View Honorable Mention Team

Leadership and Management Excellence

Winner (Individual)
Gary Roberts, GRC
As a challenge problem owner in the Aging Aircraft and Durability program and as task lead for materials and structures for NASA’s Fundamental Aeronautics Program Subsonic Rotary Wing Project, Roberts developed highly effective, well-structured, multidisciplinary research efforts that promoted collaborations across NASA centers. He built new capabilities within the agency to support current and future ARMD-related research and has made an effective use of NASA’s Small Business Innovative Research program, NASA educational programs and unfunded industry collaborations through Space Act Agreements to leverage these funding sources to accelerate technology development, reduce programmatic costs and risk, and advance ARMD and project goals.

Winner (Group)
National Force Measurement Technology Capability Project, LaRC
Established in 2009, the National Force Measurement Technology Capability Project has provided design, calibration, and experimental support to approximately 90 percent of wind tunnel experiments associated with NASA’s aeronautics, science and exploration missions. NASA’s Aeronautics Test Program had identified force measurement as one of the fundamental capabilities to achieving its charter; it is also a key aeronautical capability addressed by the National Aeronautics Research and Development Policy.
TEAM LEAD: Ray D. Rhew
View Group Winners

Honorable Mention (Individual)
Thomas Norman, ARC
As leader of one of the largest technical disciplines in NASA’s Fundamental Aeronautics Program Subsonic Rotary Wing Project, Norman integrated a diverse and multidisciplinary workforce from three NASA centers into a strong, coordinated team. Under his leadership, the Subsonic Rotary Wing aeromechanics discipline has developed and is conducting joint research projects with the U.S. Army, and international partners in Germany, France and Japan.

Program and Mission Support

Winner (Individual)
Joseph Rossoll, GRC
As data systems technical lead for the Data Systems Branch in the Testing Division at NASA’s Glenn Research Center, Rossoll provided outstanding technical guidance and leadership for four ARMD test projects across different programs.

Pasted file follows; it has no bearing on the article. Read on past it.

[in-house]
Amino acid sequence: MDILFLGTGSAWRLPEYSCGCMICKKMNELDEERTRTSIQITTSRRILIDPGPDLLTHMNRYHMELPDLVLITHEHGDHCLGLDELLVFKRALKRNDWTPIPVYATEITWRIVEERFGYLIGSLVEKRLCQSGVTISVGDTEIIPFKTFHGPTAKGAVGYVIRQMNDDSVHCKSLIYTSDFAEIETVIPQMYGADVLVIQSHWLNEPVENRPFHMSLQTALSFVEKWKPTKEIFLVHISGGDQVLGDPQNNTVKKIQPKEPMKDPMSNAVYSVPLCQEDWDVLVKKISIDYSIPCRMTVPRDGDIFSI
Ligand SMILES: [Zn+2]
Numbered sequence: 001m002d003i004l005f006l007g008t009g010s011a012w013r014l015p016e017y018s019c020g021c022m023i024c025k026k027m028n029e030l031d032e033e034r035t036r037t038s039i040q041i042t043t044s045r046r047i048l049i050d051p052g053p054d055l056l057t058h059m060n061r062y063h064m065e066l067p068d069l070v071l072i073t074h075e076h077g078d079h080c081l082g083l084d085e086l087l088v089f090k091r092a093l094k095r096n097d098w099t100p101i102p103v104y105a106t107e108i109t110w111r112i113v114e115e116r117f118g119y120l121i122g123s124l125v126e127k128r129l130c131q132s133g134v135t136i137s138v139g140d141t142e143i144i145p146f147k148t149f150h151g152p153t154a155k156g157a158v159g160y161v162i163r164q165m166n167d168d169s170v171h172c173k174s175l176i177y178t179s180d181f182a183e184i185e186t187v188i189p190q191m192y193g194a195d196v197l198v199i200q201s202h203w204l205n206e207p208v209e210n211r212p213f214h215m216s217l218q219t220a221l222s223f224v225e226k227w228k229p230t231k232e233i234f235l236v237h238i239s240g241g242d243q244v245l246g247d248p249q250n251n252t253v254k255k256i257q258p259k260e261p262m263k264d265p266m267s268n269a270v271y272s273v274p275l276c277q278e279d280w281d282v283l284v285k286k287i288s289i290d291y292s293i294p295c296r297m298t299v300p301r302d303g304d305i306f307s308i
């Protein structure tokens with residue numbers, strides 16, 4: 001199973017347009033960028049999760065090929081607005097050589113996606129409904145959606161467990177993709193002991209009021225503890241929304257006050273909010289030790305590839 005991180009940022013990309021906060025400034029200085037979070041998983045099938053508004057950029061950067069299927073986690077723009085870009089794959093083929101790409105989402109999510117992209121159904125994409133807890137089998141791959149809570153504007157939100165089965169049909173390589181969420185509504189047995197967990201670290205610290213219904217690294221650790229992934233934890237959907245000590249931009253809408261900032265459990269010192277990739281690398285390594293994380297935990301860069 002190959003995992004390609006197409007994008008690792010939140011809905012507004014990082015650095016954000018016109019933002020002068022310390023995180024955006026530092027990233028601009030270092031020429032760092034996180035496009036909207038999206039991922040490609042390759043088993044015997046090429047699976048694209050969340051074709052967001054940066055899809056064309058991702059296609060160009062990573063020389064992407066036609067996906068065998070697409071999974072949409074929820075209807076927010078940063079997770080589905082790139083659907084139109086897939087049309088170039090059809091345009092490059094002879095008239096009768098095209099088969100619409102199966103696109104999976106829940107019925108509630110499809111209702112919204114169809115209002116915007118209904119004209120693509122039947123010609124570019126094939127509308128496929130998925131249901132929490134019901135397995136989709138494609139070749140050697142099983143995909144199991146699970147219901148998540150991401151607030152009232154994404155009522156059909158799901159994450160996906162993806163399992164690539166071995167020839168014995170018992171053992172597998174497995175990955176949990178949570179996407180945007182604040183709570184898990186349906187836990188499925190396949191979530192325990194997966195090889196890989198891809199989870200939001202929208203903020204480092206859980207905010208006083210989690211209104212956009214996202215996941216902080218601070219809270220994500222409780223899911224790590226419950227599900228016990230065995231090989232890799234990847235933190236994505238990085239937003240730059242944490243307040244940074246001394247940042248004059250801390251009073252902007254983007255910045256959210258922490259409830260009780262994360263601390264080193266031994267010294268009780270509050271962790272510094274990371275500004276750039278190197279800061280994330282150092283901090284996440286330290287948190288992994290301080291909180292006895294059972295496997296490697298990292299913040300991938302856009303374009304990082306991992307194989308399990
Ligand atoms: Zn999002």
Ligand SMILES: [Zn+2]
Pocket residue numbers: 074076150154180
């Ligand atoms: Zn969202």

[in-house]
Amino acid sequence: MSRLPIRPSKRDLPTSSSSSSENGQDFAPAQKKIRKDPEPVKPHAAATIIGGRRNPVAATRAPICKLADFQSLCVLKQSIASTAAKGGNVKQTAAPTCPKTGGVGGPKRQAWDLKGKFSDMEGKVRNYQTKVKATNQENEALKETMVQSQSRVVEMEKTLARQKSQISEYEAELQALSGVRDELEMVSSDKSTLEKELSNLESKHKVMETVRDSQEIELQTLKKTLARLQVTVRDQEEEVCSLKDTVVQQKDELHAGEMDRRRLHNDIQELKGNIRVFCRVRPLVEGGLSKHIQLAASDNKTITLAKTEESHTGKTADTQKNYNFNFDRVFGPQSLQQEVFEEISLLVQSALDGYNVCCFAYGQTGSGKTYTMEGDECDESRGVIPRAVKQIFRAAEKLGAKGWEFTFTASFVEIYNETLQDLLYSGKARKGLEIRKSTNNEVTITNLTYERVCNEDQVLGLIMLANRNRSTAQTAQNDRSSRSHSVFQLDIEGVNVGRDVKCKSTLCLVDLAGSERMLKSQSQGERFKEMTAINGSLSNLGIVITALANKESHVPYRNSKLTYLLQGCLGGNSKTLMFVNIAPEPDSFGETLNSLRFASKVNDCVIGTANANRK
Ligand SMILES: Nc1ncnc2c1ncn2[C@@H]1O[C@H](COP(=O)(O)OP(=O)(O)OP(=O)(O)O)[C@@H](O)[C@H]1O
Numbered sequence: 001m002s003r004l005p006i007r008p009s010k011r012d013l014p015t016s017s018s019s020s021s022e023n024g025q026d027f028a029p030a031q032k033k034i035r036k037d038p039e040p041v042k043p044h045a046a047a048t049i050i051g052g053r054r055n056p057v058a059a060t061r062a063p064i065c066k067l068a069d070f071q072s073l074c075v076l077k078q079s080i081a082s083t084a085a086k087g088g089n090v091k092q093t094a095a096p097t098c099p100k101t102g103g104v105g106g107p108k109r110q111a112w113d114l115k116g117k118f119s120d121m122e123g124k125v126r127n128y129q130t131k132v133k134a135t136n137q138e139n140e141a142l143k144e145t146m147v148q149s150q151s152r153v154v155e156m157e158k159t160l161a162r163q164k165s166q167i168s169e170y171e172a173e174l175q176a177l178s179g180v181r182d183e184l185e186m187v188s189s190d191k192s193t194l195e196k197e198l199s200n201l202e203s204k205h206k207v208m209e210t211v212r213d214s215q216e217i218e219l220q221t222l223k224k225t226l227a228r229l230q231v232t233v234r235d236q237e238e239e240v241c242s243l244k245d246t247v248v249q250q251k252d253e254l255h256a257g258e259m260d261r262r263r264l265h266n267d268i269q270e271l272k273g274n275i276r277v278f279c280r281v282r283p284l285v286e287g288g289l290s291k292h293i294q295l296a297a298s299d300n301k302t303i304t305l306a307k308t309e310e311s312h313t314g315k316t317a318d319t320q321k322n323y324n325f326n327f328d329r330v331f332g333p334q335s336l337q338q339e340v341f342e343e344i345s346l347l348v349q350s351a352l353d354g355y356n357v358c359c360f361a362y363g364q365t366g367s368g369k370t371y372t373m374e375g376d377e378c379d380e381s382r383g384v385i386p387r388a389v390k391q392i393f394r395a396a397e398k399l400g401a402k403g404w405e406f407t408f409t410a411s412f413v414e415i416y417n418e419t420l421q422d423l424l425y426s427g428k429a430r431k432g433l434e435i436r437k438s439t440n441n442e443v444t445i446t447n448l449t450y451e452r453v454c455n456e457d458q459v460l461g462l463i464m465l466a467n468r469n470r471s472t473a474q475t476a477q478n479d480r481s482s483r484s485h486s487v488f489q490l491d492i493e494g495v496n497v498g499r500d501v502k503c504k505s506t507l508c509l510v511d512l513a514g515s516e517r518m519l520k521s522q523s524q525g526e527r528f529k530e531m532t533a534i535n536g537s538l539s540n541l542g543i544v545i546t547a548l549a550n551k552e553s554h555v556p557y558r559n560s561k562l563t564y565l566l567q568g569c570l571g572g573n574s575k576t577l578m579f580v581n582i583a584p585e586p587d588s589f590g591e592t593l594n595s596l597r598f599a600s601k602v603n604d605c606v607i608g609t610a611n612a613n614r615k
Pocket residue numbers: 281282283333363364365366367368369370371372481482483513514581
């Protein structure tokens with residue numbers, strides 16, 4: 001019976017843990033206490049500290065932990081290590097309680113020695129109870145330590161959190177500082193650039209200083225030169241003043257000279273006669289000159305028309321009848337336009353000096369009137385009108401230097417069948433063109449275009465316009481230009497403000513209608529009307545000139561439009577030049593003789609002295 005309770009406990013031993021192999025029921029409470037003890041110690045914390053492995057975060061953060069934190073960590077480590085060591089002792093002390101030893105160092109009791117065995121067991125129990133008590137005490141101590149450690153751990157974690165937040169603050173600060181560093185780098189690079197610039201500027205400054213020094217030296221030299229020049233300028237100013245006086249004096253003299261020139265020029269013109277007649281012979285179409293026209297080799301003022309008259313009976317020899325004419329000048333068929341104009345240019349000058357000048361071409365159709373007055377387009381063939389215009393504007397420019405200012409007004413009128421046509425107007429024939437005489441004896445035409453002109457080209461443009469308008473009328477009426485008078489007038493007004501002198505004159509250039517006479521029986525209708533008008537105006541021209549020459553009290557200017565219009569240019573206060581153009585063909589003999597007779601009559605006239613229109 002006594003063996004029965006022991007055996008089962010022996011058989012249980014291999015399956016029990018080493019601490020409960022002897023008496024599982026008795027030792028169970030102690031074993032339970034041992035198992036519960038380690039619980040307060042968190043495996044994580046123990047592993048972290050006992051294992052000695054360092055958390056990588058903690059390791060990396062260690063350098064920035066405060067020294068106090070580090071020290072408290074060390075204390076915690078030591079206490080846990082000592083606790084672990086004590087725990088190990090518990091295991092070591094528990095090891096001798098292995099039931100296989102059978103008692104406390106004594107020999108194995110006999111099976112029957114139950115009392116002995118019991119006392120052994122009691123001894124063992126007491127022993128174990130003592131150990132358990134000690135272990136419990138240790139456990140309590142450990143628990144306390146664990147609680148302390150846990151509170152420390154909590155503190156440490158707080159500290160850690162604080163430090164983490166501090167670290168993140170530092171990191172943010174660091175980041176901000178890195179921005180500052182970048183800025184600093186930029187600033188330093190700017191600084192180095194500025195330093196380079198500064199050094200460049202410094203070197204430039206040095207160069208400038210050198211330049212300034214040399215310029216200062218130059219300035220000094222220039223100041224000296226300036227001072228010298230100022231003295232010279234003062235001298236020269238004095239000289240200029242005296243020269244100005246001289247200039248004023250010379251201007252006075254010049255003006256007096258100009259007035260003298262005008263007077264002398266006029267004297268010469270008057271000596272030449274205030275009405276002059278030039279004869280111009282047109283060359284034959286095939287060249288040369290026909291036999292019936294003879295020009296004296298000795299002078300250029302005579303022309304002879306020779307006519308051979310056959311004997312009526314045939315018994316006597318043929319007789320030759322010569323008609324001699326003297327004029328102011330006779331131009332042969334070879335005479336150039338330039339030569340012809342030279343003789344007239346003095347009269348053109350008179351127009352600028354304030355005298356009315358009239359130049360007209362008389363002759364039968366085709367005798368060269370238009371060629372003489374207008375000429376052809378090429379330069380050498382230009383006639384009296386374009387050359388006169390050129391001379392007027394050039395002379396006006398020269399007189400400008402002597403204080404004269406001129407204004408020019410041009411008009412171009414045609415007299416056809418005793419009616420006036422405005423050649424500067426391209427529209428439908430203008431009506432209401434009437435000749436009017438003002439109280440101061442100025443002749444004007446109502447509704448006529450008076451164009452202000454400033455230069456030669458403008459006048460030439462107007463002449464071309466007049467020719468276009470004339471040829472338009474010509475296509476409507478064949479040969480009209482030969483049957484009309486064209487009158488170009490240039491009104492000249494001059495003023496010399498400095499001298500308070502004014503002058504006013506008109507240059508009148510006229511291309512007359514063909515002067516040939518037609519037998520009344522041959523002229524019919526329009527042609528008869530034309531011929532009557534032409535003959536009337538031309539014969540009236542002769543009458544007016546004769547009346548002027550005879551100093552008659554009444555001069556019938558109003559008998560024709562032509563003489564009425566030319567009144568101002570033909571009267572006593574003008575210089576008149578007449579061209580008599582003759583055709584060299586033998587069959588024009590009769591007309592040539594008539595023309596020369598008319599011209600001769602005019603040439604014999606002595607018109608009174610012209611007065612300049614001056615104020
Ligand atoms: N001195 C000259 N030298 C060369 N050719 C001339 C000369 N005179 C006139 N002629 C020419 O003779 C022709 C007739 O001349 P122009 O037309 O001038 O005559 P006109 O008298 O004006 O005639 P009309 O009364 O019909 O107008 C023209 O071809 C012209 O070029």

Winner (Group)
Aerospace Simulation Research and Development Branch (SimLabs), ARC
SimLabs’ flight and air-traffic control simulation facilities supported eight human-in-the-loop simulations that evaluated novel concepts and technologies in aircraft control and air traffic management for three ARMD research programs. Simulations included a large civil tilt rotor aircraft concept that facilitates passenger transport to and from urban areas, an emergency landing planner for damaged aircraft, a concept and tools for conducting closely-spaced parallel approaches in poor weather, automation concepts to assist with continuous descent advisories for efficient descents, and runway/departure scheduling concepts for improved airport operations. SimLabs’ work furthers ARMD’s research goals by evaluating the human interface aspects of novel NextGen and aircraft concepts in operational contexts and by showing the path ahead to implementing these concepts.
TEAM LEAD: Bimal Aponso
View Group Winners

Strategic Partnerships

Winner (Individual)
Wendell Ricks, LaRC
Ricks led highly productive multi-center, multi-agency, government, contractor and industry teams to develop national level documents. With his broad understanding of aviation safety and airspace issues and his ability to work with diverse groups, he successfully provided the Joint Planning and Development Office (JPDO) with helpful insights into developing its products and balancing its portfolio. He continues to play a critical role in building strategic partnerships with the JPDO.